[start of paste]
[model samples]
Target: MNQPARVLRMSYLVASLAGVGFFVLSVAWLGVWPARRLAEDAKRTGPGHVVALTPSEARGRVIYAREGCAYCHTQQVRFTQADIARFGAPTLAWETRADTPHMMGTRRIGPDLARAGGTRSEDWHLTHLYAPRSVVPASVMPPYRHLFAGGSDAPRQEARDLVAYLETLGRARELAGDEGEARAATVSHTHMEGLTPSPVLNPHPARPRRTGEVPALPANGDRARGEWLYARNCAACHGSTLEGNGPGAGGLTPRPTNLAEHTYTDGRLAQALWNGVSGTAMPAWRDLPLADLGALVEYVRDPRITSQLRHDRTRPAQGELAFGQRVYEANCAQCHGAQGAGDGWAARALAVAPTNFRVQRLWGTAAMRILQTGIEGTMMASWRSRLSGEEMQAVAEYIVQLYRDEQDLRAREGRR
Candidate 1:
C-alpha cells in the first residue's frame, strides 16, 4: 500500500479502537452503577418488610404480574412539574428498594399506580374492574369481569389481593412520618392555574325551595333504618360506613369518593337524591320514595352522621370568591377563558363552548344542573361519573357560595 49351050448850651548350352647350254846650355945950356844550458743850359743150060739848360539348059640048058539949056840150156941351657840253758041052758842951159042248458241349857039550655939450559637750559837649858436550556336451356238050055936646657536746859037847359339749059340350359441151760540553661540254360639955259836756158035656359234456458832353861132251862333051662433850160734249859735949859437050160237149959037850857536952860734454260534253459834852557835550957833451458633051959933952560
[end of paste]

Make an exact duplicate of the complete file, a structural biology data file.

[model samples]
Target: MNQPARVLRMSYLVASLAGVGFFVLSVAWLGVWPARRLAEDAKRTGPGHVVALTPSEARGRVIYAREGCAYCHTQQVRFTQADIARFGAPTLAWETRADTPHMMGTRRIGPDLARAGGTRSEDWHLTHLYAPRSVVPASVMPPYRHLFAGGSDAPRQEARDLVAYLETLGRARELAGDEGEARAATVSHTHMEGLTPSPVLNPHPARPRRTGEVPALPANGDRARGEWLYARNCAACHGSTLEGNGPGAGGLTPRPTNLAEHTYTDGRLAQALWNGVSGTAMPAWRDLPLADLGALVEYVRDPRITSQLRHDRTRPAQGELAFGQRVYEANCAQCHGAQGAGDGWAARALAVAPTNFRVQRLWGTAAMRILQTGIEGTMMASWRSRLSGEEMQAVAEYIVQLYRDEQDLRAREGRR
Candidate 1:
C-alpha cells in the first residue's frame, strides 16, 4: 500500500479502537452503577418488610404480574412539574428498594399506580374492574369481569389481593412520618392555574325551595333504618360506613369518593337524591320514595352522621370568591377563558363552548344542573361519573357560595 49351050448850651548350352647350254846650355945950356844550458743850359743150060739848360539348059640048058539949056840150156941351657840253758041052758842951159042248458241349857039550655939450559637750559837649858436550556336451356238050055936646657536746859037847359339749059340350359441151760540553661540254360639955259836756158035656359234456458832353861132251862333051662433850160734249859735949859437050160237149959037850857536952860734454260534253459834852557835550957833451458633051959933952560